The New York City Housing Authority (NYCHA) seeks one or more technical solutions to implement pilot projects that will reduce energy loads from heat and hot water and produce utility cost savings in 16 housing developments that are connected to Consolidated Edison (ConEd) district steam heat

More than 400,000 New Yorkers reside in NYCHA's 328 public housing developments throughout the five boroughs. In New York City, where average winter temperatures are around 32°F, heat and hot water are lifelines that landlords in master-metered buildings must provide to residents. As a landlord, NYCHA supplies and pays for heating and hot water for all 178,000 units within its portfolio at an annual cost of $200 million.

While most NYCHA apartments are heated through 2-pipe steam systems generated from on-site boilers, two-percent of the units, located in 16 developments, are heated through ConEd’s district steam heat system. This system, while offering greater efficiencies in operations and maintenance by eliminating the need for on-site low pressure boilers, provides steam that is on average twice the cost of steam generated on site in boiler rooms. In addition to the high cost of operation, NYCHA’s median heating energy use intensity for these buildings is 78 kBtu per square foot, approximately 80 percent higher than that of the 2-pipe steam systems used in other NYCHA developments and in many of New York City’s multi-family dwellings. In 2015, the 16 Manhattan NYCHA developments included in this challenge consumed nearly 294 thousand pounds of steam for a total cost of $7.8 million.

NYCHA aims to reduce utility costs and receive resulting financial benefits by reducing the heat and hot water loads at the 16 developments. To-date, NYCHA has piloted a ground source heat pump project in 2013 at Strauss Houses, located at 344 East 28th Street. Installation included a ground-source heat pump system (GSHP) for the production of domestic hot water; upgrades to the steam heating control system, including orifice balancing valve in radiators; steam trap replacements throughout; and temperature sensor in each apartment to enable the heating system to respond to indoor temperatures. The installation successfully reduced the hot water load by over 60%, representing 30,000 Mlbs of steam.

NYCHA has also implemented in-unit temperature sensors—which allow the temperature to be adjusted based on indoor instead of outdoor temperatures—to help reduce the heating load, and thus utility cost, by reducing the amount of heat being supplied to the building. One of the 16 ConEd steam heated developments currently has indoor temperature sensors installed. It is NYCHA’s plan to deploy them throughout its portfolio.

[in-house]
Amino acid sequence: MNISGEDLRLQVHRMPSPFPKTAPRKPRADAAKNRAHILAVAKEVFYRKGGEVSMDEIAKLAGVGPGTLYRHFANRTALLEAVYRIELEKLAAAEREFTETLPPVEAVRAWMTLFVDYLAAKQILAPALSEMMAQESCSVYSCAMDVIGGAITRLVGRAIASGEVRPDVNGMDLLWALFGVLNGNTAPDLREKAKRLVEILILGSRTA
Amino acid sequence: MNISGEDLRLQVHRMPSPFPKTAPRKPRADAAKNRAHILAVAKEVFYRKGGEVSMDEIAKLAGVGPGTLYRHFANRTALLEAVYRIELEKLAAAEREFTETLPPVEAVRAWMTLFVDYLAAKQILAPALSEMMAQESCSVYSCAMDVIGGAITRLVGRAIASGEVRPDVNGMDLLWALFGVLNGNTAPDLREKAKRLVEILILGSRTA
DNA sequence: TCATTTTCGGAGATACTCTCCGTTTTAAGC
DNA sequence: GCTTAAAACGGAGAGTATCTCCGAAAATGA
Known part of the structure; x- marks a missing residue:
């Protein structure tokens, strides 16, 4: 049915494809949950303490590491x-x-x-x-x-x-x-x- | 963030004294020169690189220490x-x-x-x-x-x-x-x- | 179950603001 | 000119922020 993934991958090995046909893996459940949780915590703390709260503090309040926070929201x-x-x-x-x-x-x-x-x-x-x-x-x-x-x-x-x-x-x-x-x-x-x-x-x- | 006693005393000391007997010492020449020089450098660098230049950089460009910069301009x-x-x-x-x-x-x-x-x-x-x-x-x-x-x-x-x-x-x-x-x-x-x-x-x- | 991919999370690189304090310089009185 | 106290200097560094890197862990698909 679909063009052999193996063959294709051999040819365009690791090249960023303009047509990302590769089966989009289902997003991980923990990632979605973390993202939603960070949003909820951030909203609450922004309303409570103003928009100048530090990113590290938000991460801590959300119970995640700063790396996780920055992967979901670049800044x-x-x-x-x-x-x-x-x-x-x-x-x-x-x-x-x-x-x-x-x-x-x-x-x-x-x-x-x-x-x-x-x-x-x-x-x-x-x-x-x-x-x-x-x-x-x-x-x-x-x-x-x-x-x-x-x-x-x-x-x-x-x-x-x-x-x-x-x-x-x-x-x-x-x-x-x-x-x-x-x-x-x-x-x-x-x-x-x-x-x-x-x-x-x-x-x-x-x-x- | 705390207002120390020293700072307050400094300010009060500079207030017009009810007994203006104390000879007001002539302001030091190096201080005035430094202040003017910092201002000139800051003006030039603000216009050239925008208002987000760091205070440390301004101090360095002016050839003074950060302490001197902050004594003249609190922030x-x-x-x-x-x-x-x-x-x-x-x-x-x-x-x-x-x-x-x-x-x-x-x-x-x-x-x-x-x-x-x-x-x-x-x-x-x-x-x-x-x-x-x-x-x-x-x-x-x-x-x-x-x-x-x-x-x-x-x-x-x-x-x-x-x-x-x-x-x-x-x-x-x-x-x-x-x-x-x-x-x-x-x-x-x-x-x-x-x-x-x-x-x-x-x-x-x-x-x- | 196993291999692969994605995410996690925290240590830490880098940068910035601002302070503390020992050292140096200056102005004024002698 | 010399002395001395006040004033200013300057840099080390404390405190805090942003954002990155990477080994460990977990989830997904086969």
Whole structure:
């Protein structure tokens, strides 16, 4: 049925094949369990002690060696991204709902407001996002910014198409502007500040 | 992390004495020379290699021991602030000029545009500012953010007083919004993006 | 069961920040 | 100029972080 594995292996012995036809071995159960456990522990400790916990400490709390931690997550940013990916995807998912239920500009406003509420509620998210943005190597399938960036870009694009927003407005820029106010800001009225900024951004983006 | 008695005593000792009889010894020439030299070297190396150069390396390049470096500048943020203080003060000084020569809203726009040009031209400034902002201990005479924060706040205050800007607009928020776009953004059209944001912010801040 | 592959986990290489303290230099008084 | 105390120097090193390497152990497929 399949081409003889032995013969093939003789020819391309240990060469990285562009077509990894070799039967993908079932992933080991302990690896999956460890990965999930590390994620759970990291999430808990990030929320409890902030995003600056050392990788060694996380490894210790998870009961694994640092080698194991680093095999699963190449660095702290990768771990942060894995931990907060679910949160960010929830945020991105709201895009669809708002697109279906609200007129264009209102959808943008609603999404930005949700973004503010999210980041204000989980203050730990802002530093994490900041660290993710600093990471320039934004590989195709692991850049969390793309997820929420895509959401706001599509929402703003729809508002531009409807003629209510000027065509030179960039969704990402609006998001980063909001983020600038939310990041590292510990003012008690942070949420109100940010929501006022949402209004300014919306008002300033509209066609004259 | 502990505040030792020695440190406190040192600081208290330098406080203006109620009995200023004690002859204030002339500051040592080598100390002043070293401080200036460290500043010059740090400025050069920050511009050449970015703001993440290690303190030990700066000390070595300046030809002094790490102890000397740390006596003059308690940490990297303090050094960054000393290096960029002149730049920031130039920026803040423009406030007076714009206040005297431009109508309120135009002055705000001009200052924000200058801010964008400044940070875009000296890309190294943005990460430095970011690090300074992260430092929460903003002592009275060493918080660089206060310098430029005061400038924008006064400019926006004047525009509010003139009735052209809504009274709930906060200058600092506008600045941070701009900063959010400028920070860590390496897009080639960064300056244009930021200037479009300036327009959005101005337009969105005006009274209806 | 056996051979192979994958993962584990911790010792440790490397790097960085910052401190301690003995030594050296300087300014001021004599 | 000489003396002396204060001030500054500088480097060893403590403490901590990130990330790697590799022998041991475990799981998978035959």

How to Get Involved:

To expand upon current efforts to achieve load reductions ConEd district steam heated buildings, NYCHA is looking for one or more technical solutions that produce load reductions, reduce utility cost, and ideally generate additional financial benefits and can be piloted in one or more of the 16 developments. Potential solutions should address load reduction at one or more levels:

  • SOURCE LEVEL: within the steam reduction station

  • DISTRIBUTION LEVEL: within the existing distribution system, which may be, a standalone building or multi-building campus 2-pipe vacuum heating distribution system and steam fired hot water heaters

  • UNIT LEVEL: within the apartment, excluding in-unit solutions addressing electricity load

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Solutions at the unit level should be scalable portfolio-wide, while solutions at the building and distribution level may be site-specific, though scalable solutions at these levels are also highly desired as NYCHA envisions converting other developments heated by on-site boilers to ConEd district steam system if the solution proves to be successful.
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Assumptions for the solutions must be rigorous and provable. Expected energy savings resulting from new system/equipment installation must be measurable and solutions should pay for themselves with the savings they generate. Submissions should include information that can be used to model the financial and operational feasibility of implementing the solution.

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While cost savings or financial benefits to NYCHA via load reductions is the number one priority, NYCHA is also actively engaged in enhancing resiliency features in the developments. Solutions that are multi-functional and can reduce the overall load while also enhancing resiliency (such as generating back up energy to power hallway lighting, elevators, security systems, etc.) are highly desired.

Key Dates:

  • October 18 - November 23: Entry Period
    Applicants sign up to participate and submit all required forms.
  • November 25 - December 21: Judging period
    Approved participants will have their submissions reviewed by the evaluation panel.
  • December 22: Finalists announced
    Finalists will be announced and requested to submit technical specifications for their proposed pilot solutions by January 15, 2017.
  • January 16 - February 28: Second Round of Judging
    Technical specifications will be reviewed by NYCHA.
  • March 1 - Winners Announced
    The participants selected for pilot engagements will be announced.

The application we are asking you to submit consists of a variety of multiple choice questions with a few open-ended questions requesting 300-500 word responses about your proposed solution. You will not need to prepare or submit a separate proposal. You can save your application and return to it if you wish— feel free to click through the application to see what questions we are asking of you before you submit.

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